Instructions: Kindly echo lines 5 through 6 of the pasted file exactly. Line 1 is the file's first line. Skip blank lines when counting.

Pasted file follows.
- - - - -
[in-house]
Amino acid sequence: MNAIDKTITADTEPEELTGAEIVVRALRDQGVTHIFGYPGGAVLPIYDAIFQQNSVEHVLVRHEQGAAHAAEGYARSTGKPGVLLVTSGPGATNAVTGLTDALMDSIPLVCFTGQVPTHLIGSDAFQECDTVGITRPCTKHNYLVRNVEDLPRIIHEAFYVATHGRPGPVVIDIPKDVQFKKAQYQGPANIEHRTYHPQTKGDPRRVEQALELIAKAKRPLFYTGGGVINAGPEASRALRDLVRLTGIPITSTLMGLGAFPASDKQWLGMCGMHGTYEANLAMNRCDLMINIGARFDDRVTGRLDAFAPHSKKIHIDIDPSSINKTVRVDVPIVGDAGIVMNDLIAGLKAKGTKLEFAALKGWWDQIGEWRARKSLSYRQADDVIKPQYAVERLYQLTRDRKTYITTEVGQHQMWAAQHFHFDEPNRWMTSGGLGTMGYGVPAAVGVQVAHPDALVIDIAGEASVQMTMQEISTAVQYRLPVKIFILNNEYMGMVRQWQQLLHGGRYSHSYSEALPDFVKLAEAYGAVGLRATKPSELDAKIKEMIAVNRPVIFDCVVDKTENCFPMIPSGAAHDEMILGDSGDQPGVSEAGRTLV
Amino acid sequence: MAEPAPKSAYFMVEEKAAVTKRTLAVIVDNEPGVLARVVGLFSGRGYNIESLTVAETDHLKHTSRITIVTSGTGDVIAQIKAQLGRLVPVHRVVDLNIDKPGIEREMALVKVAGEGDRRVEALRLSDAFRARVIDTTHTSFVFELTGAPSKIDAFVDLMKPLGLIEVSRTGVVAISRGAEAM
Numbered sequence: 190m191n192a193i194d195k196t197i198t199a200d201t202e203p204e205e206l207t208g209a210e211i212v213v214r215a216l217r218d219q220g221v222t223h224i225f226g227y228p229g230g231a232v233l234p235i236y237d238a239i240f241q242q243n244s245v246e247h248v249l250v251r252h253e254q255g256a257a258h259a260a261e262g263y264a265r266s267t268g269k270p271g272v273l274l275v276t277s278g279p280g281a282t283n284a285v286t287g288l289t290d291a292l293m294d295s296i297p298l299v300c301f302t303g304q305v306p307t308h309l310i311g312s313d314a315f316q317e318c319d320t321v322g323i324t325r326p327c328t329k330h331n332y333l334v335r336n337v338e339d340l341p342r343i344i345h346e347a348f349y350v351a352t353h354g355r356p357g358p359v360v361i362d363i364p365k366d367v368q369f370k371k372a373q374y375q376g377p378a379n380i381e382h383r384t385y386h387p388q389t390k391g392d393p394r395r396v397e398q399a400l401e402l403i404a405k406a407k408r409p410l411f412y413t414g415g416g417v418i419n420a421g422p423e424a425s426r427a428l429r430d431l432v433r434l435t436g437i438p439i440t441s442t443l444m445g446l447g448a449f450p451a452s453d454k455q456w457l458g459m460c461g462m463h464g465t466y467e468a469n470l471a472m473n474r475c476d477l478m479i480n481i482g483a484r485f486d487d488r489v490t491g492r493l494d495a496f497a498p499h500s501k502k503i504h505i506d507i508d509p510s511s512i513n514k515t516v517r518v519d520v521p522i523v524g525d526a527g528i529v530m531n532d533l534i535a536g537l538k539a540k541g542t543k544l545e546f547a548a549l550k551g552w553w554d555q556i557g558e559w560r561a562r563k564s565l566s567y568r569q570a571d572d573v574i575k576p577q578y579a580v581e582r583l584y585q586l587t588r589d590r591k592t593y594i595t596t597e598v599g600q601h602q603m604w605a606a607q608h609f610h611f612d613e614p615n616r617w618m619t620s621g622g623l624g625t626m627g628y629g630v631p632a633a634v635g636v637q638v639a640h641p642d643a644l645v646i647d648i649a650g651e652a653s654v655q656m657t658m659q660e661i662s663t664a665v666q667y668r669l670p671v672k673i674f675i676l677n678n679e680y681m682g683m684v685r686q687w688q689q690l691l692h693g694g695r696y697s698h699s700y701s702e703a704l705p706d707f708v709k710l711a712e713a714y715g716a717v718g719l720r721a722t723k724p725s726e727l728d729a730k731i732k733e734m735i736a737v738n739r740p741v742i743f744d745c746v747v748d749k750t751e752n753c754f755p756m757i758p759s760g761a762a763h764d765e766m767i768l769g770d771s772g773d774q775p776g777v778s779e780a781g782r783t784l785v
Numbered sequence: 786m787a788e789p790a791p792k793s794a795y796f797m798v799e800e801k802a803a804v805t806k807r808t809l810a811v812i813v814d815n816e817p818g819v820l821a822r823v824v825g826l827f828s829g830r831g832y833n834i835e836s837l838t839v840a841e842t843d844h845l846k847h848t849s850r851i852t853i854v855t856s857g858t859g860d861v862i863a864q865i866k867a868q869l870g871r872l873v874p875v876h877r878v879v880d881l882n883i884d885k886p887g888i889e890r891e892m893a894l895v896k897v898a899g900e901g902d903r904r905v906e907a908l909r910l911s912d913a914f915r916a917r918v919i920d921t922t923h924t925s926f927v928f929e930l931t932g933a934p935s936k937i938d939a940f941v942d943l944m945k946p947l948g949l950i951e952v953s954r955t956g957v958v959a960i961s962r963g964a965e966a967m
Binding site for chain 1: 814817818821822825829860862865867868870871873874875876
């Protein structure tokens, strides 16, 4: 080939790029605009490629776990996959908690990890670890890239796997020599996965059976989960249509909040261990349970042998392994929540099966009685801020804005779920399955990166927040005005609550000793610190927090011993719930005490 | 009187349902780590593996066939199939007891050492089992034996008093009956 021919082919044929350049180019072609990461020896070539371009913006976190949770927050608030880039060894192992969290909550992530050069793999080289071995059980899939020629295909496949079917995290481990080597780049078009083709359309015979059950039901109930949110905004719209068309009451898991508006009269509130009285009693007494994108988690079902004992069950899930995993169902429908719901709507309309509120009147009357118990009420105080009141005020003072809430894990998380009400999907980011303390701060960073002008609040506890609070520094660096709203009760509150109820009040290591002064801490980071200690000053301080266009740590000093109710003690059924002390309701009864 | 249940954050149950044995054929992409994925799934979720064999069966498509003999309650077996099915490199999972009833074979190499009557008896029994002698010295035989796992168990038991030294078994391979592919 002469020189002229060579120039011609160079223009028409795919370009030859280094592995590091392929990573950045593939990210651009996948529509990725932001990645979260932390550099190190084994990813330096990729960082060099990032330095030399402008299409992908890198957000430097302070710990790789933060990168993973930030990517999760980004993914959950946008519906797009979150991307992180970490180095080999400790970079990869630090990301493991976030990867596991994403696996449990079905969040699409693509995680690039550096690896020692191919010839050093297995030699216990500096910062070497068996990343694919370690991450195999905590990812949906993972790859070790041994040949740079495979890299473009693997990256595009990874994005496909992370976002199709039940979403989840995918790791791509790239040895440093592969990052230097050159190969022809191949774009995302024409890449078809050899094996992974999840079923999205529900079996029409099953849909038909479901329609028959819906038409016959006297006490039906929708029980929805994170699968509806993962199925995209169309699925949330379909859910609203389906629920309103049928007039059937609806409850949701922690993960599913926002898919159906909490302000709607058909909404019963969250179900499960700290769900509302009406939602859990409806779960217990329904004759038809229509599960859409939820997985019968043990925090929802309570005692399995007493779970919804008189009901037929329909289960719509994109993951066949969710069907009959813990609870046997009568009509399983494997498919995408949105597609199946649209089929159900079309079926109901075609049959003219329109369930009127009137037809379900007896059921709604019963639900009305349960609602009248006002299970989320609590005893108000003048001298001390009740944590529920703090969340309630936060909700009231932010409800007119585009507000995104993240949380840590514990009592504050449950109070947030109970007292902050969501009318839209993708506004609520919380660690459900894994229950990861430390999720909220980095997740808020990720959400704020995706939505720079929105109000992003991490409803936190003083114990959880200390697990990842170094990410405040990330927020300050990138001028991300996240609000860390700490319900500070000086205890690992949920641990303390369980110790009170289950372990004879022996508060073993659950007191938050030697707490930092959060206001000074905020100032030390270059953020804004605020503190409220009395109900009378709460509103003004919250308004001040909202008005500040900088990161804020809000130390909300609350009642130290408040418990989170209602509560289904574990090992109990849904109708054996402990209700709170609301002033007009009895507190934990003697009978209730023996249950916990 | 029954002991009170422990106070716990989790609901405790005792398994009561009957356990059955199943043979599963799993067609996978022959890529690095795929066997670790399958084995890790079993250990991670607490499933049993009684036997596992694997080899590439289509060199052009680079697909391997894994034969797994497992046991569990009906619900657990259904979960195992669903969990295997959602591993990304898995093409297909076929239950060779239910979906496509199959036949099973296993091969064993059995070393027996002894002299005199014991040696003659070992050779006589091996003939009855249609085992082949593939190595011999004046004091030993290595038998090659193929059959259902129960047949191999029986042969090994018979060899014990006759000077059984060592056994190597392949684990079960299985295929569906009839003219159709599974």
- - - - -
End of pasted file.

Numbered sequence: 786m787a788e789p790a791p792k793s794a795y796f797m798v799e800e801k802a803a804v805t806k807r808t809l810a811v812i813v814d815n816e817p818g819v820l821a822r823v824v825g826l827f828s829g830r831g832y833n834i835e836s837l838t839v840a841e842t843d844h845l846k847h848t849s850r851i852t853i854v855t856s857g858t859g860d861v862i863a864q865i866k867a868q869l870g871r872l873v874p875v876h877r878v879v880d881l882n883i884d885k886p887g888i889e890r891e892m893a894l895v896k897v898a899g900e901g902d903r904r905v906e907a908l909r910l911s912d913a914f915r916a917r918v919i920d921t922t923h924t925s926f927v928f929e930l931t932g933a934p935s936k937i938d939a940f941v942d943l944m945k946p947l948g949l950i951e952v953s954r955t956g957v958v959a960i961s962r963g964a965e966a967m
Binding site for chain 1: 814817818821822825829860862865867868870871873874875876